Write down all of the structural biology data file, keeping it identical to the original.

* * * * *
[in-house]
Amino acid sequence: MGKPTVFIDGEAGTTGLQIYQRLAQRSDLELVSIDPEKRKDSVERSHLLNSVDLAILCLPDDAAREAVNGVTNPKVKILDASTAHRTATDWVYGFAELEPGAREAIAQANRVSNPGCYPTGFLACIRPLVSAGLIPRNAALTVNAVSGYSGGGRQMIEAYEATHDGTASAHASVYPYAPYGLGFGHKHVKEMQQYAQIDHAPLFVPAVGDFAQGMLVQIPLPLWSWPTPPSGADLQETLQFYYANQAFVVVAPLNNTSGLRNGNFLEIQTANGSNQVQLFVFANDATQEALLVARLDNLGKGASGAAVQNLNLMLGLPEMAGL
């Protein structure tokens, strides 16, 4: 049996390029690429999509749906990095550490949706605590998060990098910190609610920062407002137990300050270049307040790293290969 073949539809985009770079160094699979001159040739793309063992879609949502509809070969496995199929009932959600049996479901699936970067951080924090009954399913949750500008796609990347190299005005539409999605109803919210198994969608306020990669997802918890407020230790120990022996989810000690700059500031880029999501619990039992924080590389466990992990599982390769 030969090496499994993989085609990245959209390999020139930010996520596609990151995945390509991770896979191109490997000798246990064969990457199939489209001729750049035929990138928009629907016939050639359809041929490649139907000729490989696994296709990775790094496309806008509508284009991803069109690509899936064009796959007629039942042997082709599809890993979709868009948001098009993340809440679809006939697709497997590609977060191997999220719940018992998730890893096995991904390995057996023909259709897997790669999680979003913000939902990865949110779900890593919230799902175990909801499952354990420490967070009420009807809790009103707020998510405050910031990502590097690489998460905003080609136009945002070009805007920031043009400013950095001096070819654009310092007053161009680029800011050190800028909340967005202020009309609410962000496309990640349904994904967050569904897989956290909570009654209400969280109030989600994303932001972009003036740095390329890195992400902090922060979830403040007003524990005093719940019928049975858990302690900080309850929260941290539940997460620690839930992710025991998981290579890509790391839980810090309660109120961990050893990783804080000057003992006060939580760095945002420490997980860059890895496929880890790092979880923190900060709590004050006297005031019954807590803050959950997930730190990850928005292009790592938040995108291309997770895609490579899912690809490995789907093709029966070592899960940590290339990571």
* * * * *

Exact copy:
[in-house]
Amino acid sequence: MGKPTVFIDGEAGTTGLQIYQRLAQRSDLELVSIDPEKRKDSVERSHLLNSVDLAILCLPDDAAREAVNGVTNPKVKILDASTAHRTATDWVYGFAELEPGAREAIAQANRVSNPGCYPTGFLACIRPLVSAGLIPRNAALTVNAVSGYSGGGRQMIEAYEATHDGTASAHASVYPYAPYGLGFGHKHVKEMQQYAQIDHAPLFVPAVGDFAQGMLVQIPLPLWSWPTPPSGADLQETLQFYYANQAFVVVAPLNNTSGLRNGNFLEIQTANGSNQVQLFVFANDATQEALLVARLDNLGKGASGAAVQNLNLMLGLPEMAGL
């Protein structure tokens, strides 16, 4: 049996390029690429999509749906990095550490949706605590998060990098910190609610920062407002137990300050270049307040790293290969 073949539809985009770079160094699979001159040739793309063992879609949502509809070969496995199929009932959600049996479901699936970067951080924090009954399913949750500008796609990347190299005005539409999605109803919210198994969608306020990669997802918890407020230790120990022996989810000690700059500031880029999501619990039992924080590389466990992990599982390769 030969090496499994993989085609990245959209390999020139930010996520596609990151995945390509991770896979191109490997000798246990064969990457199939489209001729750049035929990138928009629907016939050639359809041929490649139907000729490989696994296709990775790094496309806008509508284009991803069109690509899936064009796959007629039942042997082709599809890993979709868009948001098009993340809440679809006939697709497997590609977060191997999220719940018992998730890893096995991904390995057996023909259709897997790669999680979003913000939902990865949110779900890593919230799902175990909801499952354990420490967070009420009807809790009103707020998510405050910031990502590097690489998460905003080609136009945002070009805007920031043009400013950095001096070819654009310092007053161009680029800011050190800028909340967005202020009309609410962000496309990640349904994904967050569904897989956290909570009654209400969280109030989600994303932001972009003036740095390329890195992400902090922060979830403040007003524990005093719940019928049975858990302690900080309850929260941290539940997460620690839930992710025991998981290579890509790391839980810090309660109120961990050893990783804080000057003992006060939580760095945002420490997980860059890895496929880890790092979880923190900060709590004050006297005031019954807590803050959950997930730190990850928005292009790592938040995108291309997770895609490579899912690809490995789907093709029966070592899960940590290339990571």